Size Cap

2 $417,000

3 $458,700

4 $504,570

5 $555,027

In addition, smaller caps should be placed in particular zip codes based upon income tax data from those zip codes. For example, if a zip code has an average income of $100,000, the interest write should be $100,000 x 3 (or 4,5) – 20%= $240,000. In this case mortgage interest would only be allowed to be deducted on $240,000 worth of a loan. Of course, this legislation will encourage more equity, and help to prevent some of the out of control price increases we saw recently that moved the dream of home ownership out of the grasp of many responsible potential home buyers. Of course this is not the time to put this type of legislation into affect, however, this legislation should be phased into action in a set date in the future ie. 5 years. In addition, this has potential to create more tax revenue and acts as a type of luxury tax on those buying above average homes using leverage. The interest write off cap should be limited to principle residents and should not affect investment properties so that it does not discourage investment.

The affect a raise in interest rates has on the cost of a home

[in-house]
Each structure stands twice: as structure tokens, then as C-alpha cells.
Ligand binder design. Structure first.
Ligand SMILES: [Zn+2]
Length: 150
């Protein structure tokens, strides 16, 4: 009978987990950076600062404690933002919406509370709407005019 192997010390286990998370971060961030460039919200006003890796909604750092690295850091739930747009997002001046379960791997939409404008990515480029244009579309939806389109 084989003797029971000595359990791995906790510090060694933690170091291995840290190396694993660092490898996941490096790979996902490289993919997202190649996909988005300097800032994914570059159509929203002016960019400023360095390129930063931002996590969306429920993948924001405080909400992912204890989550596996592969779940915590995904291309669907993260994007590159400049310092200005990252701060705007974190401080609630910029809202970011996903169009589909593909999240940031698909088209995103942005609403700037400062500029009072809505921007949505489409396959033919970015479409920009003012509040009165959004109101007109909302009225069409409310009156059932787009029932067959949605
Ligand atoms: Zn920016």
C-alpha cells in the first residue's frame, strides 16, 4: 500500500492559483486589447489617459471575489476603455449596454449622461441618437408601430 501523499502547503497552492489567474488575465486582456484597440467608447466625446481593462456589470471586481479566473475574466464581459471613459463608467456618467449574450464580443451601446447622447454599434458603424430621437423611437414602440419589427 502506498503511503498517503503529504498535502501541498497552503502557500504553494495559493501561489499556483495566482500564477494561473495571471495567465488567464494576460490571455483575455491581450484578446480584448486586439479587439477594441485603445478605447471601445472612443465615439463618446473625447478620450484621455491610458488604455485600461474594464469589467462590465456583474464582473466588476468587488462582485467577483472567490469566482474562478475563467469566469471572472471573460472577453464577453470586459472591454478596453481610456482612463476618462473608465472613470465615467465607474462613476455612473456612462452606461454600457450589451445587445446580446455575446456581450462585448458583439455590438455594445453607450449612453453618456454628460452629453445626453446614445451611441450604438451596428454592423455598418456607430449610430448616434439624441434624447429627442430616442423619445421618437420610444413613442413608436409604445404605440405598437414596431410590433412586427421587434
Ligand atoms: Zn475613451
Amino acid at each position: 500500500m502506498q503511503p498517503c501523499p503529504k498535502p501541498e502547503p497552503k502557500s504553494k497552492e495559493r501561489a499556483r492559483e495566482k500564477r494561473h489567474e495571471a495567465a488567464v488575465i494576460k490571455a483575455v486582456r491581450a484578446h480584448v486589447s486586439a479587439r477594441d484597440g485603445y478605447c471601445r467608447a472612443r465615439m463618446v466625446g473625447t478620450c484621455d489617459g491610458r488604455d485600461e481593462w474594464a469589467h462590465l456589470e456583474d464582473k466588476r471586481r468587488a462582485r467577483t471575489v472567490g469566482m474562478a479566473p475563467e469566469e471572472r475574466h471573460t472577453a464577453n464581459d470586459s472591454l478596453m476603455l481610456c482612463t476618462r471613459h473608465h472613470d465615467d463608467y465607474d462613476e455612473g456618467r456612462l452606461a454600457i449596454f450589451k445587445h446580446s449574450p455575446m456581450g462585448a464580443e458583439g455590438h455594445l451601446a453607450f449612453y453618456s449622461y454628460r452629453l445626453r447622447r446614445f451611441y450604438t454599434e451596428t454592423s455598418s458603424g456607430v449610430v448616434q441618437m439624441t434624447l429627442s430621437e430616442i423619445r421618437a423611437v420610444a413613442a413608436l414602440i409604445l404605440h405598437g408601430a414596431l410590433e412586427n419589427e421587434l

Mark Twain said, "don't wait to buy real estate, buy real estate and wait". Real estate will continue to be a great long term investment when purchased correctly. The root of the problem we are facing today is the exotic mortgages that allowed borrowers to leverage more than they could afford. As people leveraged more and more prices increased higher and higher doubling and even tripling in a 7 year time frame in many areas of the country. The rapid, unsustainable increase in prices as a result of increased leverage is a major factor in the issues we're facing today. However, interest rates are still historically low and although, in my opinion, we are not at the bottom of the market, I also do not believe that the fed can keep interest rates this low indefinitely without major inflation. One factor in the cost of a home that some people overlook is the cost of the money. Let me explain, a home purchased for $1,000,000 with 10% would leave a loan balance of $900,000. $900,000 at 5.5% will cost approximately $893,600 over the life of the loan while at 6.5% will cost $1,147,885. This demonstrates important points. First, negotiating for a good loan is just as important and negotiating for the right price on a home, sometimes more important as seen in this example 1% of interest made over $250,000 in difference over the life of the loan. Second, when rates rise when they eventually will, even if they only rise one percent, when putting 10% down the loan will cost over $200,000 and nearly 20% more. Many smart investors and buyers that do not believe that the housing market will drop more than another 20% are watching rates, getting approved, shopping lenders and prepared for the right opportunity, and getting 30 year fixed, fully amortized loans.